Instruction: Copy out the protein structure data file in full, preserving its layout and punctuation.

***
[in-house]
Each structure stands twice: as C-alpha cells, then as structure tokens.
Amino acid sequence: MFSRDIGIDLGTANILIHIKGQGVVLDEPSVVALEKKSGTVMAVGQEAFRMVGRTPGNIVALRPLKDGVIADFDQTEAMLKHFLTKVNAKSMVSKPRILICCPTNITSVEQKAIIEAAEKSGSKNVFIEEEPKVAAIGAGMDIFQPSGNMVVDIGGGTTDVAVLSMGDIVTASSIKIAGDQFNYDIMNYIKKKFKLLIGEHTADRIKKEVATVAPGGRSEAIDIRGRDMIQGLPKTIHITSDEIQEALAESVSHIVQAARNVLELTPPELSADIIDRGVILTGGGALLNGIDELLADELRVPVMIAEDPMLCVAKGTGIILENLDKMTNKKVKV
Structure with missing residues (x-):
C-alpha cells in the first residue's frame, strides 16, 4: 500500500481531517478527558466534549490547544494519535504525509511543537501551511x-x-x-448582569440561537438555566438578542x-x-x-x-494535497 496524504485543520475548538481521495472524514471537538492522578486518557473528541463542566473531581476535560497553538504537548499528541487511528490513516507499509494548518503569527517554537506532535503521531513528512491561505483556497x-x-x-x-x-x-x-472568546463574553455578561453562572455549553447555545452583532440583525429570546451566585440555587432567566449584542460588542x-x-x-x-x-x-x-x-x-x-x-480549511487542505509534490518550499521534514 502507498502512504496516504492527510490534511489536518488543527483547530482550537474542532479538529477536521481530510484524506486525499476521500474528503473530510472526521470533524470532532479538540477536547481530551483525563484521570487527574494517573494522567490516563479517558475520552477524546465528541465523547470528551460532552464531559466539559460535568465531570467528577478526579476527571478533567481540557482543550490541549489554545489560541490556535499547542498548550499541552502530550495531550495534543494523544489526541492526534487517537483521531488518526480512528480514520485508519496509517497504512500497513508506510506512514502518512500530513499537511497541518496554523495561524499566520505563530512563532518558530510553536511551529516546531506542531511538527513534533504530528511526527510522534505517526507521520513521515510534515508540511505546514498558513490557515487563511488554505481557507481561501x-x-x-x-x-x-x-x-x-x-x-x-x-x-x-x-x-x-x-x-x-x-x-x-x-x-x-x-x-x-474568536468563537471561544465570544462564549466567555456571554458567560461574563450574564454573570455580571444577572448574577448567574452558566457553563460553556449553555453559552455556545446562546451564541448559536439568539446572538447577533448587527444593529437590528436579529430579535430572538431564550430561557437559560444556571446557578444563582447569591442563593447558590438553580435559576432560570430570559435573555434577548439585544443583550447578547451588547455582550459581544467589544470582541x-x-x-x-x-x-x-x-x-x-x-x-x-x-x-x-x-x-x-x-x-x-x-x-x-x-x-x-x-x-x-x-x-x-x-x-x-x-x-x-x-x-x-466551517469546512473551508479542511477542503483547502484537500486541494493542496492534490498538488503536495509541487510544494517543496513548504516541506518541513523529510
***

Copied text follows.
[in-house]
Each structure stands twice: as C-alpha cells, then as structure tokens.
Amino acid sequence: MFSRDIGIDLGTANILIHIKGQGVVLDEPSVVALEKKSGTVMAVGQEAFRMVGRTPGNIVALRPLKDGVIADFDQTEAMLKHFLTKVNAKSMVSKPRILICCPTNITSVEQKAIIEAAEKSGSKNVFIEEEPKVAAIGAGMDIFQPSGNMVVDIGGGTTDVAVLSMGDIVTASSIKIAGDQFNYDIMNYIKKKFKLLIGEHTADRIKKEVATVAPGGRSEAIDIRGRDMIQGLPKTIHITSDEIQEALAESVSHIVQAARNVLELTPPELSADIIDRGVILTGGGALLNGIDELLADELRVPVMIAEDPMLCVAKGTGIILENLDKMTNKKVKV
Structure with missing residues (x-):
C-alpha cells in the first residue's frame, strides 16, 4: 500500500481531517478527558466534549490547544494519535504525509511543537501551511x-x-x-448582569440561537438555566438578542x-x-x-x-494535497 496524504485543520475548538481521495472524514471537538492522578486518557473528541463542566473531581476535560497553538504537548499528541487511528490513516507499509494548518503569527517554537506532535503521531513528512491561505483556497x-x-x-x-x-x-x-472568546463574553455578561453562572455549553447555545452583532440583525429570546451566585440555587432567566449584542460588542x-x-x-x-x-x-x-x-x-x-x-480549511487542505509534490518550499521534514 502507498502512504496516504492527510490534511489536518488543527483547530482550537474542532479538529477536521481530510484524506486525499476521500474528503473530510472526521470533524470532532479538540477536547481530551483525563484521570487527574494517573494522567490516563479517558475520552477524546465528541465523547470528551460532552464531559466539559460535568465531570467528577478526579476527571478533567481540557482543550490541549489554545489560541490556535499547542498548550499541552502530550495531550495534543494523544489526541492526534487517537483521531488518526480512528480514520485508519496509517497504512500497513508506510506512514502518512500530513499537511497541518496554523495561524499566520505563530512563532518558530510553536511551529516546531506542531511538527513534533504530528511526527510522534505517526507521520513521515510534515508540511505546514498558513490557515487563511488554505481557507481561501x-x-x-x-x-x-x-x-x-x-x-x-x-x-x-x-x-x-x-x-x-x-x-x-x-x-x-x-x-x-474568536468563537471561544465570544462564549466567555456571554458567560461574563450574564454573570455580571444577572448574577448567574452558566457553563460553556449553555453559552455556545446562546451564541448559536439568539446572538447577533448587527444593529437590528436579529430579535430572538431564550430561557437559560444556571446557578444563582447569591442563593447558590438553580435559576432560570430570559435573555434577548439585544443583550447578547451588547455582550459581544467589544470582541x-x-x-x-x-x-x-x-x-x-x-x-x-x-x-x-x-x-x-x-x-x-x-x-x-x-x-x-x-x-x-x-x-x-x-x-x-x-x-x-x-x-x-466551517469546512473551508479542511477542503483547502484537500486541494493542496492534490498538488503536495509541487510544494517543496513548504516541506518541513523529510